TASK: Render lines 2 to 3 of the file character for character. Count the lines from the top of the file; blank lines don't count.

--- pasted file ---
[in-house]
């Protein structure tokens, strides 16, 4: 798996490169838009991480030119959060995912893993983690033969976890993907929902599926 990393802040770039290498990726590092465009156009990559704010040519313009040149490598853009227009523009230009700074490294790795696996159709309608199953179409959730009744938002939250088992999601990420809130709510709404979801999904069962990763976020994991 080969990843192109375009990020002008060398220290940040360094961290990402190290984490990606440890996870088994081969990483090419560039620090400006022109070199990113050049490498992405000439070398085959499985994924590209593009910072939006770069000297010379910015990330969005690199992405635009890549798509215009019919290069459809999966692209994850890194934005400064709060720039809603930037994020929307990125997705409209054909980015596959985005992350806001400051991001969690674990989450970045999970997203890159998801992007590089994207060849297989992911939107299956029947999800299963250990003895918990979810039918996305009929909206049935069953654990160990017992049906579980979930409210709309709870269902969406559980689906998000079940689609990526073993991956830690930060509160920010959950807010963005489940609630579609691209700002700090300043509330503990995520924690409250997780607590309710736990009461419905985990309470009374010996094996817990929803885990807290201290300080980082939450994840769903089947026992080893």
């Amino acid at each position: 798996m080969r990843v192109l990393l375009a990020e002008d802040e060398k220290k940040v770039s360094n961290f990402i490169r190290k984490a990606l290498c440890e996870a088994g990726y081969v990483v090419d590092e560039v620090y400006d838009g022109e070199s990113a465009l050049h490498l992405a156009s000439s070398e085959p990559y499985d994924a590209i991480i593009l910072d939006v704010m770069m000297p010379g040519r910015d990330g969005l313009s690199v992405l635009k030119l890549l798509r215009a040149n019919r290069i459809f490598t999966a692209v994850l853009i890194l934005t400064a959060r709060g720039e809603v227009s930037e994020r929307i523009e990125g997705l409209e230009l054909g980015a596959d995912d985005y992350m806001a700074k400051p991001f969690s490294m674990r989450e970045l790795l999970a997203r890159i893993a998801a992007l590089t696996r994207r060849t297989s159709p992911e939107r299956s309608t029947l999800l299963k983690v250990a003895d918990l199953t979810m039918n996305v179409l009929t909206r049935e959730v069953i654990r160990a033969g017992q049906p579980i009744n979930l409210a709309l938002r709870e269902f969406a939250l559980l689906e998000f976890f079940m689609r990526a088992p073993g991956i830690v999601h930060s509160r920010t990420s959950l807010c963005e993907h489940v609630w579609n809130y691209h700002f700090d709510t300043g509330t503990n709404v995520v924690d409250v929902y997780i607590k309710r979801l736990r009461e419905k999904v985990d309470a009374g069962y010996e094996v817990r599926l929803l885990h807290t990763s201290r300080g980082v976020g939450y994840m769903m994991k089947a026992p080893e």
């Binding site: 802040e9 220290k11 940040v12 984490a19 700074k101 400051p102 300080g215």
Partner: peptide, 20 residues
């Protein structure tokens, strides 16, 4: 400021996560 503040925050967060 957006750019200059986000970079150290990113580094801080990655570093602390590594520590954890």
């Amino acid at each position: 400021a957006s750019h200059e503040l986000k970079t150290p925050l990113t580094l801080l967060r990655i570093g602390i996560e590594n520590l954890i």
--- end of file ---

């Protein structure tokens, strides 16, 4: 798996490169838009991480030119959060995912893993983690033969976890993907929902599926 990393802040770039290498990726590092465009156009990559704010040519313009040149490598853009227009523009230009700074490294790795696996159709309608199953179409959730009744938002939250088992999601990420809130709510709404979801999904069962990763976020994991 080969990843192109375009990020002008060398220290940040360094961290990402190290984490990606440890996870088994081969990483090419560039620090400006022109070199990113050049490498992405000439070398085959499985994924590209593009910072939006770069000297010379910015990330969005690199992405635009890549798509215009019919290069459809999966692209994850890194934005400064709060720039809603930037994020929307990125997705409209054909980015596959985005992350806001400051991001969690674990989450970045999970997203890159998801992007590089994207060849297989992911939107299956029947999800299963250990003895918990979810039918996305009929909206049935069953654990160990017992049906579980979930409210709309709870269902969406559980689906998000079940689609990526073993991956830690930060509160920010959950807010963005489940609630579609691209700002700090300043509330503990995520924690409250997780607590309710736990009461419905985990309470009374010996094996817990929803885990807290201290300080980082939450994840769903089947026992080893």
């Amino acid at each position: 798996m080969r990843v192109l990393l375009a990020e002008d802040e060398k220290k940040v770039s360094n961290f990402i490169r190290k984490a990606l290498c440890e996870a088994g990726y081969v990483v090419d590092e560039v620090y400006d838009g022109e070199s990113a465009l050049h490498l992405a156009s000439s070398e085959p990559y499985d994924a590209i991480i593009l910072d939006v704010m770069m000297p010379g040519r910015d990330g969005l313009s690199v992405l635009k030119l890549l798509r215009a040149n019919r290069i459809f490598t999966a692209v994850l853009i890194l934005t400064a959060r709060g720039e809603v227009s930037e994020r929307i523009e990125g997705l409209e230009l054909g980015a596959d995912d985005y992350m806001a700074k400051p991001f969690s490294m674990r989450e970045l790795l999970a997203r890159i893993a998801a992007l590089t696996r994207r060849t297989s159709p992911e939107r299956s309608t029947l999800l299963k983690v250990a003895d918990l199953t979810m039918n996305v179409l009929t909206r049935e959730v069953i654990r160990a033969g017992q049906p579980i009744n979930l409210a709309l938002r709870e269902f969406a939250l559980l689906e998000f976890f079940m689609r990526a088992p073993g991956i830690v999601h930060s509160r920010t990420s959950l807010c963005e993907h489940v609630w579609n809130y691209h700002f700090d709510t300043g509330t503990n709404v995520v924690d409250v929902y997780i607590k309710r979801l736990r009461e419905k999904v985990d309470a009374g069962y010996e094996v817990r599926l929803l885990h807290t990763s201290r300080g980082v976020g939450y994840m769903m994991k089947a026992p080893e």